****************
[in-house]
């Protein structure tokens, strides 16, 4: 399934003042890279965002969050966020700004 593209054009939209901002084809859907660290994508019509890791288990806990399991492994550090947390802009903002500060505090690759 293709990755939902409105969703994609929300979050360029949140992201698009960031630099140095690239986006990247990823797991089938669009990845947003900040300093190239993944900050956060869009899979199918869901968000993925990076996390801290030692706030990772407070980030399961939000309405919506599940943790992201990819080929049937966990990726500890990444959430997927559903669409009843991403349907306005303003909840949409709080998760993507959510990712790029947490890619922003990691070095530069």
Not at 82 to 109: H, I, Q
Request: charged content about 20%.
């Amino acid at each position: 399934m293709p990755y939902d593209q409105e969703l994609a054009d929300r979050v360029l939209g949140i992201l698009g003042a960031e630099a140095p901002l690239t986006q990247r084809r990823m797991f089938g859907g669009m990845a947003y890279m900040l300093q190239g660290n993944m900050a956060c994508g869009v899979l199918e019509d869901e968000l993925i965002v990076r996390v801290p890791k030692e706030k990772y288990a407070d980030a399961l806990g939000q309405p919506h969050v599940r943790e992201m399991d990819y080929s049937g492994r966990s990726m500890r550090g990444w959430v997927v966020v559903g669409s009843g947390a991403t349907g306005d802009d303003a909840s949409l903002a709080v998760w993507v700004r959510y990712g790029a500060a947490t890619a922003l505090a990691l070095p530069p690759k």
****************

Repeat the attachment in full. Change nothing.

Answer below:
[in-house]
């Protein structure tokens, strides 16, 4: 399934003042890279965002969050966020700004 593209054009939209901002084809859907660290994508019509890791288990806990399991492994550090947390802009903002500060505090690759 293709990755939902409105969703994609929300979050360029949140992201698009960031630099140095690239986006990247990823797991089938669009990845947003900040300093190239993944900050956060869009899979199918869901968000993925990076996390801290030692706030990772407070980030399961939000309405919506599940943790992201990819080929049937966990990726500890990444959430997927559903669409009843991403349907306005303003909840949409709080998760993507959510990712790029947490890619922003990691070095530069």
Not at 82 to 109: H, I, Q
Request: charged content about 20%.
């Amino acid at each position: 399934m293709p990755y939902d593209q409105e969703l994609a054009d929300r979050v360029l939209g949140i992201l698009g003042a960031e630099a140095p901002l690239t986006q990247r084809r990823m797991f089938g859907g669009m990845a947003y890279m900040l300093q190239g660290n993944m900050a956060c994508g869009v899979l199918e019509d869901e968000l993925i965002v990076r996390v801290p890791k030692e706030k990772y288990a407070d980030a399961l806990g939000q309405p919506h969050v599940r943790e992201m399991d990819y080929s049937g492994r966990s990726m500890r550090g990444w959430v997927v966020v559903g669409s009843g947390a991403t349907g306005d802009d303003a909840s949409l903002a709080v998760w993507v700004r959510y990712g790029a500060a947490t890619a922003l505090a990691l070095p530069p690759k």